In three weeks, the Cleveland Browns went from being among the dregs of the NFL (again), to an up-and-coming team that is getting noticed on a national level.
Convincing wins over the defending Super Bowl champions, New Orleans, and the team with the best record, New England, will do that.
As a result, Browns have a big game Sunday. When was the last time that sentence could be used? Try, Dec. 23, 2007, as the Browns traveled to Cincinnati. That day, a win would have sealed a Browns’ playoff berth. Instead, four Derek Anderson interceptions later, the Browns lost 19-14.
On Sunday, the 6-2 New York Jets come to town. By now, the story lines regarding the Ryan brothers, Braylon Edwards returning to Cleveland and Eric Mangini going against his former team have been dealt with ad nauseum.
More importantly, this Jets team may be the most balanced team — on both sides — the Browns have faced this season. They can run the ball. They have weapons in the passing game. They can stop the run. They can defend the pass.
“We’ve played some very good defenses in the past weeks,” Browns offensive coordinator Brian Daboll said. “Atlanta, New Orleans, Baltimore, Pittsburgh and New England. The Jets are another six-win team we’ll play and they give you a multitude of fronts you have to read and adjust to. (Colt McCoy) will have to do a good job with identifying those fronts. He’s prepared each week like a pro.”
McCoy gets his fourth straight start and each week the Browns have put more and more on the rookie’s plate. According to Daboll, McCoy is absorbing the film work off the field, but he also is able to translate that onto the field. Sometimes, Daboll said, quarterbacks can see what they have to do on film, but when the bullets are flying, the type spent studying is all for naught.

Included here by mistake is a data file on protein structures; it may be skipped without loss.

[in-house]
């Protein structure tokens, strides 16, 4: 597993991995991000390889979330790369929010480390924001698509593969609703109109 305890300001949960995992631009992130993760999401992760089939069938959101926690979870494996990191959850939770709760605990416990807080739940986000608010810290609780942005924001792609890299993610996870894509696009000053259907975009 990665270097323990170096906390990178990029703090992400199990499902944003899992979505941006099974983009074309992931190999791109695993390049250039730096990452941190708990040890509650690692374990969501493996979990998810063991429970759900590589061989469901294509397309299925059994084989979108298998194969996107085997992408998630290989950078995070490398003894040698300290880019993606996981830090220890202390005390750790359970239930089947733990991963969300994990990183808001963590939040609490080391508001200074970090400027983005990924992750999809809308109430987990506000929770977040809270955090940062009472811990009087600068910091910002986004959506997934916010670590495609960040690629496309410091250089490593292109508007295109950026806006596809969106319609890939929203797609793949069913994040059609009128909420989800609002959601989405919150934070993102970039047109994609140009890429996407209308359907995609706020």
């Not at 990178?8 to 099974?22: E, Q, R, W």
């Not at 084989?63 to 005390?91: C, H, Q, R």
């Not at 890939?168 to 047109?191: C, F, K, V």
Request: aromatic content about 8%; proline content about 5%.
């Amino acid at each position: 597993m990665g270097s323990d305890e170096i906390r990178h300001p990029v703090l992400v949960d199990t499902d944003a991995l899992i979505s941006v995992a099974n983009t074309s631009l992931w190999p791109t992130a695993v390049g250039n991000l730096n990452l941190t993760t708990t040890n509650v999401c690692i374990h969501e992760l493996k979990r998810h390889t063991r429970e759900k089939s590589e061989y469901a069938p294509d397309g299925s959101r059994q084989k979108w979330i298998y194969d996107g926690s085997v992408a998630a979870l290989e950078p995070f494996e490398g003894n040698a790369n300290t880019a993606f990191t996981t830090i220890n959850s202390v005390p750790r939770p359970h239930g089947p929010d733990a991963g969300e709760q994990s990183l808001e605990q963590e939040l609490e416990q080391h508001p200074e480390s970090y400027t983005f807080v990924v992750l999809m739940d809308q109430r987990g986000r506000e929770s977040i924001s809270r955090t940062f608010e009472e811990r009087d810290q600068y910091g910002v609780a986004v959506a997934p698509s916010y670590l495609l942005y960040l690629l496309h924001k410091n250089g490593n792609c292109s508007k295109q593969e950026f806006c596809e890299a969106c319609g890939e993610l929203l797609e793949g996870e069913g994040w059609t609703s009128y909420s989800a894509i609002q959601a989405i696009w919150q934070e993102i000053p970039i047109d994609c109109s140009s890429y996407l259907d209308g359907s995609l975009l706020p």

That is not the case with McCoy.
“Again, we all know he’s only played three games,” Daboll said. “He’s done a good job in those games and he’s going to have to continue to get better. But he can see stuff and this is going to be a big time challenge for him.
“He’s a perfectionist, he really is. He gets frustrated when the ball isn’t exactly where he wants it, he’ll get frustrated if the defense doesn’t give a certain look that he knows he prepared for to get it right. He went out there and he played a pretty good game, he did the things we asked him to do and he’s going to have to do that again.”
The Browns offense is only as good as its running game. The Jets are fourth in the league in allowing an average of 87.4 yards per game. Meanwhile, the Browns are 13th in the league averaging 117.8 yard rushing per game.
Peyton Hillis got 29 carries last week against New England and the Jets can expect a similar dose.
“We pride ourselves in running the football,” Daboll said. “We need to be able to stick with it. The Jets take a lot of pride in stopping the run. We expect a loaded box.”
As for the Jets offense, second-year quarterback Mark Sanchez is 136-for-254 passing (53.5 percent complete) for 1,692 yards with 10 touchdowns and five interceptions. He has not set the world on fire, but the Jets also pride themselves on running the football. New York is averaging 4.7 yards per carry led by a revived LaDainian Tomlinson, who has 599 yards and five touchdowns on 123 carries.
The Browns are 15th in the NFL allowing 105.9 yards rushing per game. In the last two games, New Orleans and New England combined for 126 rushing yards.
“I never thought either New Orleans or New England were committed to running the football,” Browns defensive coordinator Rob Ryan said.
The Browns struggles against the pass are well documented. Braylon Edwards has always played well in big games and Sunday’s game is just that.
“He’s been a great receiver, he’s very talented just like all the Jets are,” Ryan said. “They’re extremely talented, but our defense wants to have an identity and they want to have an identity that Cleveland can relate to and that’s smart and tough and we’re going to prove it on Sunday.
“Whatever (Edwards) said about us, or Cleveland, or the coaches, he doesn’t like any of them except Eric (Mangini), that means me (expletive), so I’ll hit him on the sideline if he wants to come over. We’re looking forward to this, this is a great challenge. This is one of the very talented offenses in football and we can’t wait to hit them.”